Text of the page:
He distinguishes between vulnerability based trust, i.e creating an environment where team members feel safe and can be sure that their weaknesses will not be used against them and the type of trust built upon expectations of behavior. The former sets the foundation of demanding innovation work the latter having little impact upon innovation. What team members need to do is be very comfortable and open with their vulnerabilities, and by taking an open attitude, creating the sense of authenticity which result in trust.
To summarize: despite knowing that taking risks and failing are key for innovation we are reluctant to do so. Failure results in shame and a feeling of not being worthy of belonging to the group. People with a strong sense of belonging feel that they are worth belonging and connecting and become authentic since they expose their entire self including weaknesses and vulnerabilities. The kind of trust teams need to manage demanding challenges is vulnerability based so team members feel that they are worthy of belonging. The way to go is to be open and honest about your own vulnerabilities. Expose your full self. It will encourage peers, team member and co-workers to do the same.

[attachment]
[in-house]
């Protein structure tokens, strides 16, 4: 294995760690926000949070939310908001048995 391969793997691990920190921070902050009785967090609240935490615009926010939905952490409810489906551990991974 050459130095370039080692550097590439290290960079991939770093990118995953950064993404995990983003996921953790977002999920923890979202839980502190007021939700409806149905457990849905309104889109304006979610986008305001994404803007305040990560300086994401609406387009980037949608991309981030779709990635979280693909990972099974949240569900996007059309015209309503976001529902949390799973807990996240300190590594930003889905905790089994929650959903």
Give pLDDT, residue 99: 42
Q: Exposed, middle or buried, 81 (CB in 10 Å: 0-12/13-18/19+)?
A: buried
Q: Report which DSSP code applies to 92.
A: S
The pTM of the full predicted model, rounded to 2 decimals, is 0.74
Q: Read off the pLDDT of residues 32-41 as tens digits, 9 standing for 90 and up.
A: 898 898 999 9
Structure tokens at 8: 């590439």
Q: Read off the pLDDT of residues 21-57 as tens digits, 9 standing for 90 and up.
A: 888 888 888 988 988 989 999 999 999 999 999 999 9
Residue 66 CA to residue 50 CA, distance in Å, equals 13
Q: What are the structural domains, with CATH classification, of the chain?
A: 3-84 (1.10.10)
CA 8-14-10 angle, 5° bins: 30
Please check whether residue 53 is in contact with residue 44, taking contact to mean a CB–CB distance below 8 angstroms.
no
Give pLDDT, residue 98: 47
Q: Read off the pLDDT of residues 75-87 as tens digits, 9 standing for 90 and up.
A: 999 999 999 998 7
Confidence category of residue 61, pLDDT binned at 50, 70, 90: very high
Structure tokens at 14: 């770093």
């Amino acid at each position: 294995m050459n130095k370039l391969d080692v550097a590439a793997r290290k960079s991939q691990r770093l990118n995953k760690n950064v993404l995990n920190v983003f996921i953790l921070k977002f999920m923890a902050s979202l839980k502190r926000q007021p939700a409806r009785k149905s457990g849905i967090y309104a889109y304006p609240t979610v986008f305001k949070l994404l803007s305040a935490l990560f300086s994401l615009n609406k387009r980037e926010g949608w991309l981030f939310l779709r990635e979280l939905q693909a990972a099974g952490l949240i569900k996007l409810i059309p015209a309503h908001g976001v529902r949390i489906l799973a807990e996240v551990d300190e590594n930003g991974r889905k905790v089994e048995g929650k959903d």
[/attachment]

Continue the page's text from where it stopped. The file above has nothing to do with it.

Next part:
Failure is a very complex and unpleasant experience. It upsets me when scholars and professionals use it in a slogan-like and thoughtless way without putting it into context. Fail fast, fail early, fail cheap. Easy to say, but very hard to do.
I was inspired by the following when writing this blog:
- The Five Dysfunctions of a Team, by Patrick Lenocioni
- Talking about vulnerability Brené Brown at Ted.com
- Listening to shame Brené Brown at Ted.com
- Henry Petrosky at Innovation in Mind
By Susanna Bill
About the author
Susanna is the former Head of Innovation at Sony Ericsson Mobile Communications. In 2009 she founded Sustenance AB and since then shares her time between advising corporate leaders in how to make innovation happen by strengthening the innovation capabilities of their organizations, and pursuing a PhD at the department of Design Sciences at Lund University, focusing on the social processes that are beneficial for the innovation capabilities of self organizing teams. Susanna is a sought after speaker and panelist and the moderator of Innovation in Mind conference.